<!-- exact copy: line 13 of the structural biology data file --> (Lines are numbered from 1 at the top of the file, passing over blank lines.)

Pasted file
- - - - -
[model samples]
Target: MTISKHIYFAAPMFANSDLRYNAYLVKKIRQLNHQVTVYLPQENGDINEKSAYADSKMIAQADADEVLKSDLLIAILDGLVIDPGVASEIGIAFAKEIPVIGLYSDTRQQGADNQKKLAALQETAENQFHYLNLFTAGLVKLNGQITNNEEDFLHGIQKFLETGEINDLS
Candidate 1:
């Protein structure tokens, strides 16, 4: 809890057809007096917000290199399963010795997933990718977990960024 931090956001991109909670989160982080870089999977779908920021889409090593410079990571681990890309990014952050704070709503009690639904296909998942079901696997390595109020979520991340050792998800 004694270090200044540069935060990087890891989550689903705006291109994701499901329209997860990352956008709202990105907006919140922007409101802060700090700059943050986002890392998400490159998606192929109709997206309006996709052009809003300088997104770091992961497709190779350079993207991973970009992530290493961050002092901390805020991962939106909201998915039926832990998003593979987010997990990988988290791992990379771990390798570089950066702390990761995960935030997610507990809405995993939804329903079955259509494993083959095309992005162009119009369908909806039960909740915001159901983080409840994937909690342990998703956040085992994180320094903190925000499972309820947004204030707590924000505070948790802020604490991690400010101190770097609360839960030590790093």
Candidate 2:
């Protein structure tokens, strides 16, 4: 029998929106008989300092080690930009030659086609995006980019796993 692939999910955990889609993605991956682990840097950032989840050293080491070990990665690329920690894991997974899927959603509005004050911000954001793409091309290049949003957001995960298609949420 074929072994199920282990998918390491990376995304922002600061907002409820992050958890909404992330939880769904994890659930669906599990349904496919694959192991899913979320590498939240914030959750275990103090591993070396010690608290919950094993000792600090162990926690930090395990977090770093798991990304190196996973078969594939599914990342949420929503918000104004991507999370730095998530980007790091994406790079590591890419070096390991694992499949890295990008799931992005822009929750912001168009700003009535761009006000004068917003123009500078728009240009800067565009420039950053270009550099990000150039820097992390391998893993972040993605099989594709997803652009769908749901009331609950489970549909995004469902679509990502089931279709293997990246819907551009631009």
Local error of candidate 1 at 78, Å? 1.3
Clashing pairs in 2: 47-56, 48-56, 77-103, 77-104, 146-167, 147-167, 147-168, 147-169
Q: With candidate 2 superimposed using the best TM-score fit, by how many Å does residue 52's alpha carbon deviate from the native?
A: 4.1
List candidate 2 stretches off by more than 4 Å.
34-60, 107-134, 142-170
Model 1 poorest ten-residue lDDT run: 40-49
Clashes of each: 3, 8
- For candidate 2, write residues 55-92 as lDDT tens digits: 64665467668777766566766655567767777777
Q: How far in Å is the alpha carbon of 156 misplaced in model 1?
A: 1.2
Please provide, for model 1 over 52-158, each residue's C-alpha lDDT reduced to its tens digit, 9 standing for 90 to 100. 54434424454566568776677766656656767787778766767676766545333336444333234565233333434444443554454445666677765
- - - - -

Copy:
Model 1 poorest ten-residue lDDT run: 40-49